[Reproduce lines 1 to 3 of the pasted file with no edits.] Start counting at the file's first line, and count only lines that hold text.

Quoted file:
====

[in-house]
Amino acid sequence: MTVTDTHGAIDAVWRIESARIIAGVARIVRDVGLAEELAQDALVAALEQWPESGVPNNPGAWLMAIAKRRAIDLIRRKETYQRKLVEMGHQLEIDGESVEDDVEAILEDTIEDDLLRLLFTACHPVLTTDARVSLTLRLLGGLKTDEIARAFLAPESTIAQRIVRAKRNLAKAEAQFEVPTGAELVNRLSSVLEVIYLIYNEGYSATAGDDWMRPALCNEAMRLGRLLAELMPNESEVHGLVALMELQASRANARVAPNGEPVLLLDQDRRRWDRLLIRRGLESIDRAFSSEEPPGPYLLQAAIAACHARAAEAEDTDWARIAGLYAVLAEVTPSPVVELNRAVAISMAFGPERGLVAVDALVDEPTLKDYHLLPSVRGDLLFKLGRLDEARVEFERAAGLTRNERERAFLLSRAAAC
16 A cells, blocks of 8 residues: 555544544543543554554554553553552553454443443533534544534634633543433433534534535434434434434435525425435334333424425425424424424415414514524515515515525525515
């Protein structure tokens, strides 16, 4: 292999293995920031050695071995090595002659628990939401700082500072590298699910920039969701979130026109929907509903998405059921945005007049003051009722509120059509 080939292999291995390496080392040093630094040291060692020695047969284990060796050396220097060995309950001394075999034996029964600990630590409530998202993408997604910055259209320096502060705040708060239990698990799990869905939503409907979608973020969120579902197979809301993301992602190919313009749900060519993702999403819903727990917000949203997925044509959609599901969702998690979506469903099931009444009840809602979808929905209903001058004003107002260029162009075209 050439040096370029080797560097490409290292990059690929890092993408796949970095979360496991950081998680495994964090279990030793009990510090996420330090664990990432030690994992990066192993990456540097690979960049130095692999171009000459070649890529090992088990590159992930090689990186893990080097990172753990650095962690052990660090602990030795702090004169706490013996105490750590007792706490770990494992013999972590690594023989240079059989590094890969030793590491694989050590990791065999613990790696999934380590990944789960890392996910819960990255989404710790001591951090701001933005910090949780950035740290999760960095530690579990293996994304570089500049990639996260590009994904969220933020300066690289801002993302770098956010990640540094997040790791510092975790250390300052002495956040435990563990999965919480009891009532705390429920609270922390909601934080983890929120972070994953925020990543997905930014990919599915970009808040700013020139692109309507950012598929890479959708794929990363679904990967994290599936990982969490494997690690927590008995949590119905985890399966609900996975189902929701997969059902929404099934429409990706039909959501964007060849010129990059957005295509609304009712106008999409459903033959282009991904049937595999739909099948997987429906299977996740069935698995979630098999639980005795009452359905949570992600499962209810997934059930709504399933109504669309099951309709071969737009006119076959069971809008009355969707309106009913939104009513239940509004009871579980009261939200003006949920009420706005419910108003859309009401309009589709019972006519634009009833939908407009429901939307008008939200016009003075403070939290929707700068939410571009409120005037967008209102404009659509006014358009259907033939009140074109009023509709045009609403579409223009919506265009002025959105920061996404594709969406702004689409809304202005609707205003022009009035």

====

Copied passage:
[in-house]
Amino acid sequence: MTVTDTHGAIDAVWRIESARIIAGVARIVRDVGLAEELAQDALVAALEQWPESGVPNNPGAWLMAIAKRRAIDLIRRKETYQRKLVEMGHQLEIDGESVEDDVEAILEDTIEDDLLRLLFTACHPVLTTDARVSLTLRLLGGLKTDEIARAFLAPESTIAQRIVRAKRNLAKAEAQFEVPTGAELVNRLSSVLEVIYLIYNEGYSATAGDDWMRPALCNEAMRLGRLLAELMPNESEVHGLVALMELQASRANARVAPNGEPVLLLDQDRRRWDRLLIRRGLESIDRAFSSEEPPGPYLLQAAIAACHARAAEAEDTDWARIAGLYAVLAEVTPSPVVELNRAVAISMAFGPERGLVAVDALVDEPTLKDYHLLPSVRGDLLFKLGRLDEARVEFERAAGLTRNERERAFLLSRAAAC
16 A cells, blocks of 8 residues: 555544544543543554554554553553552553454443443533534544534634633543433433534534535434434434434435525425435334333424425425424424424415414514524515515515525525515